As Turner pushes her idea of freedom she frequently tries to relay a sense of religious equality in her quest, but her continual use of “God”, in the midst of otherwise well worded pleas, and creates a transparency that reveals what I believe to be her underlying objective of getting Christianity into public schools. Turner played her words well and tugged at her Christian reader’s sense of duty and to the fundamental responsibilities as citizens to protect, nourish, and provide our youth with the tools needed in adulthood to be fully functioning individuals. But she creates a somewhat paradoxical message in her enthusiastic attempt to draw the response of the united masses. Turner implies that she is pushing for freedom and active practice of “all religions”, but yet at the same time she implies a freedom for those who have no faith or religion. She creates this direct conflict of interest in the midst of her push for religious practices within the school setting when she is expressing her opinion that our judicial system has no right to deny a person “from any faith or no faith”, to practice openly (Turner, 2013, para. 4).
While Turner suggests an argument for religious freedom of any faith her opening sentence very clearly states her underlying purpose, “We need God back in the schools.” (Turner, 2013, para. 1). When I hear the word God I do not correlate it with the beliefs of the Native Americans religions, Buddhists, Islamists, Hinduists, Taoists, modern Pagan followings, or any other practicing religion that predates Christianity by thousands of years, I form a direct notion with Christianity. From her choice of wording I do not feel that she is being totally honest about her concept of religious freedom for all faiths and religions.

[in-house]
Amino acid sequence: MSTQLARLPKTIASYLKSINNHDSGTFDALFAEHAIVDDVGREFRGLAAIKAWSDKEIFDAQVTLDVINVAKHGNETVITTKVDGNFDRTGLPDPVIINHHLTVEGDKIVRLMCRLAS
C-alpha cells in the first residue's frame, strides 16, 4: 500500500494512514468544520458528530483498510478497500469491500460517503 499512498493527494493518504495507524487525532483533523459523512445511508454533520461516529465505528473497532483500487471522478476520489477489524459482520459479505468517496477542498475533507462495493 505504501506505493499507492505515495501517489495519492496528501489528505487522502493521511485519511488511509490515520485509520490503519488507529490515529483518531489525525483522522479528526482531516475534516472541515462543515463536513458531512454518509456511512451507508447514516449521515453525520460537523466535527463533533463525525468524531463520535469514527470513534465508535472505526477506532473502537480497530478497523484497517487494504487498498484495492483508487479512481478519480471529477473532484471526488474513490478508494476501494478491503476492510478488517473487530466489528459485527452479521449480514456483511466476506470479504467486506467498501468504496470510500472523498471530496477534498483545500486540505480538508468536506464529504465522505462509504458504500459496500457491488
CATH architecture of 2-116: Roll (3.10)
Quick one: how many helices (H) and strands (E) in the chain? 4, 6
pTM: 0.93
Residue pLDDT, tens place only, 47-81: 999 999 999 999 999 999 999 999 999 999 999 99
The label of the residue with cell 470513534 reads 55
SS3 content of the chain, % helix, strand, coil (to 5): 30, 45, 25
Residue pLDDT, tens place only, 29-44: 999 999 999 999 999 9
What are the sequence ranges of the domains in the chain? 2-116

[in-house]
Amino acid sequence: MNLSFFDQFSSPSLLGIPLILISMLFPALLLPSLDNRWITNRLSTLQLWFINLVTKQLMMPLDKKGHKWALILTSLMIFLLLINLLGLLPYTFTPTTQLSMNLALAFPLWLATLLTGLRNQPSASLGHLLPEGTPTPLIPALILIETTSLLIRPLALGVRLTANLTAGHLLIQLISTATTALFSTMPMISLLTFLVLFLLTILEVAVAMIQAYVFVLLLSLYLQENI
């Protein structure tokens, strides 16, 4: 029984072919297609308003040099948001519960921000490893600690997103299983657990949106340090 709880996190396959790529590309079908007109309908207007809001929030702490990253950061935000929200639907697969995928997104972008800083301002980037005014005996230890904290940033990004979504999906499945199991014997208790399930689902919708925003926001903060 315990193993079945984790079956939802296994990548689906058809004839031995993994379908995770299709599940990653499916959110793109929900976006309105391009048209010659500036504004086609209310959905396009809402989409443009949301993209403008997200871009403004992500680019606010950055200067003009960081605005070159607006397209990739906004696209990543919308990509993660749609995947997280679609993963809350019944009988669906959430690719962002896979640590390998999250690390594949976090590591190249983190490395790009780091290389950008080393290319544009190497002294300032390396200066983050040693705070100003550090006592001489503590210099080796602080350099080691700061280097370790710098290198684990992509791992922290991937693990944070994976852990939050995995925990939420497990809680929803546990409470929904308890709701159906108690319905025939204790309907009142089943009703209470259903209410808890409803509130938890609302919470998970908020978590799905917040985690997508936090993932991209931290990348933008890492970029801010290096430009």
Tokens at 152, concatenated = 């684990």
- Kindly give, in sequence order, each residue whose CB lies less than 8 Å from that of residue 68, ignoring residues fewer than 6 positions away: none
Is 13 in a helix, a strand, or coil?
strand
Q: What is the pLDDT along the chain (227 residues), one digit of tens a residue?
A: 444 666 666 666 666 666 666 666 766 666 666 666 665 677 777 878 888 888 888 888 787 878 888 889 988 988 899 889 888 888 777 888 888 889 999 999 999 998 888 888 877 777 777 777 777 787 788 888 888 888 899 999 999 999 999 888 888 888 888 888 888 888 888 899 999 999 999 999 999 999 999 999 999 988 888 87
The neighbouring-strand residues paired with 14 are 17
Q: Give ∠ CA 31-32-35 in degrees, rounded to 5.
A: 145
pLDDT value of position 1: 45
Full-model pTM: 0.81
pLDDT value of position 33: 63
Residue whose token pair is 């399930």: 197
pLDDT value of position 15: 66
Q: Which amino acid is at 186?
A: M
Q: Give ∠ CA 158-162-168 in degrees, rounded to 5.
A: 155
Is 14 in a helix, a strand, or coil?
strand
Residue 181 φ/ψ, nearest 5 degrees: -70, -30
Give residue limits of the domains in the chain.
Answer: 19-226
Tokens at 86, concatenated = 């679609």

I applaud Turners convictions and commitment to her faith. And I am sure that her heart felt call to American Christians will stir some to action through her use of personally biased rhetoric. I do however find her very judgmental assessment of younger generations, and those of us who are products of the public school systems, both tasteless and personally insulting. I find it sad to think there are persons in this world who assume morality and compassion will lack without religion! If I were to believe the context of these words, I would mistakenly perceive that the social and moral values of this society are sliding into the abyss of damnation because we failed to provide its youth with values based on religious ideation.
I like many persons I have worked alongside while caring for the sick, injured, and dying in our society must be compassionate, soulful, and ethical anomalies found within the non-religious robotic human population that learned scientific principle, the principles that allow individuals of our species to live longer and fuller lives. I also find her concept of religious freedom and idealism of religion to be self-centered, egocentric, and severely lacking in justification and rationality. I agree with Turner that one should be left to their own beliefs in regard to religions or faiths, but it should be practiced within a cohort of persons capable of making their own decisions and judgments that electively choose to congregate. Not practiced within the setting of public schools where attendance of young impressionable minds is mandated by the government.
Turner, J. [Janine Turner]. (2013, November 4). A generation of robots – what Godless schools create [Blog post]. Retrieved from http://pjmedia.com/blog/a-generation-of-robots-what-godless-schools-create/